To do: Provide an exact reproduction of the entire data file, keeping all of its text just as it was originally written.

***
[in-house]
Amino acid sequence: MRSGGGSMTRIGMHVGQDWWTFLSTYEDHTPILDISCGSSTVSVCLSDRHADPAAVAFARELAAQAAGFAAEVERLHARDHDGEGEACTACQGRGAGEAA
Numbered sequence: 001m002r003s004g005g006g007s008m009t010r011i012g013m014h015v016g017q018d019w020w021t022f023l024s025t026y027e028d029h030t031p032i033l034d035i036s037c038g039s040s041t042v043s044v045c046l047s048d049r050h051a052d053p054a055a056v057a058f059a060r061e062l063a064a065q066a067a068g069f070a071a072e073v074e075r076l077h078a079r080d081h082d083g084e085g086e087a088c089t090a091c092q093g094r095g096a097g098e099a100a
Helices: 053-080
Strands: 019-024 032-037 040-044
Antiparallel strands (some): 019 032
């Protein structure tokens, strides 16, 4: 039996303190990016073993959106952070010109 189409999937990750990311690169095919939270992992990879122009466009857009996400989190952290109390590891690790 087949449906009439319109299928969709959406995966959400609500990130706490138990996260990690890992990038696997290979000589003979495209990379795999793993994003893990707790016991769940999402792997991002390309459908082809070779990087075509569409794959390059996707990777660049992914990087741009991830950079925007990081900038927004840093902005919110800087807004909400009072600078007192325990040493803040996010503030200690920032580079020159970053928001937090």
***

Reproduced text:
[in-house]
Amino acid sequence: MRSGGGSMTRIGMHVGQDWWTFLSTYEDHTPILDISCGSSTVSVCLSDRHADPAAVAFARELAAQAAGFAAEVERLHARDHDGEGEACTACQGRGAGEAA
Numbered sequence: 001m002r003s004g005g006g007s008m009t010r011i012g013m014h015v016g017q018d019w020w021t022f023l024s025t026y027e028d029h030t031p032i033l034d035i036s037c038g039s040s041t042v043s044v045c046l047s048d049r050h051a052d053p054a055a056v057a058f059a060r061e062l063a064a065q066a067a068g069f070a071a072e073v074e075r076l077h078a079r080d081h082d083g084e085g086e087a088c089t090a091c092q093g094r095g096a097g098e099a100a
Helices: 053-080
Strands: 019-024 032-037 040-044
Antiparallel strands (some): 019 032
């Protein structure tokens, strides 16, 4: 039996303190990016073993959106952070010109 189409999937990750990311690169095919939270992992990879122009466009857009996400989190952290109390590891690790 087949449906009439319109299928969709959406995966959400609500990130706490138990996260990690890992990038696997290979000589003979495209990379795999793993994003893990707790016991769940999402792997991002390309459908082809070779990087075509569409794959390059996707990777660049992914990087741009991830950079925007990081900038927004840093902005919110800087807004909400009072600078007192325990040493803040996010503030200690920032580079020159970053928001937090």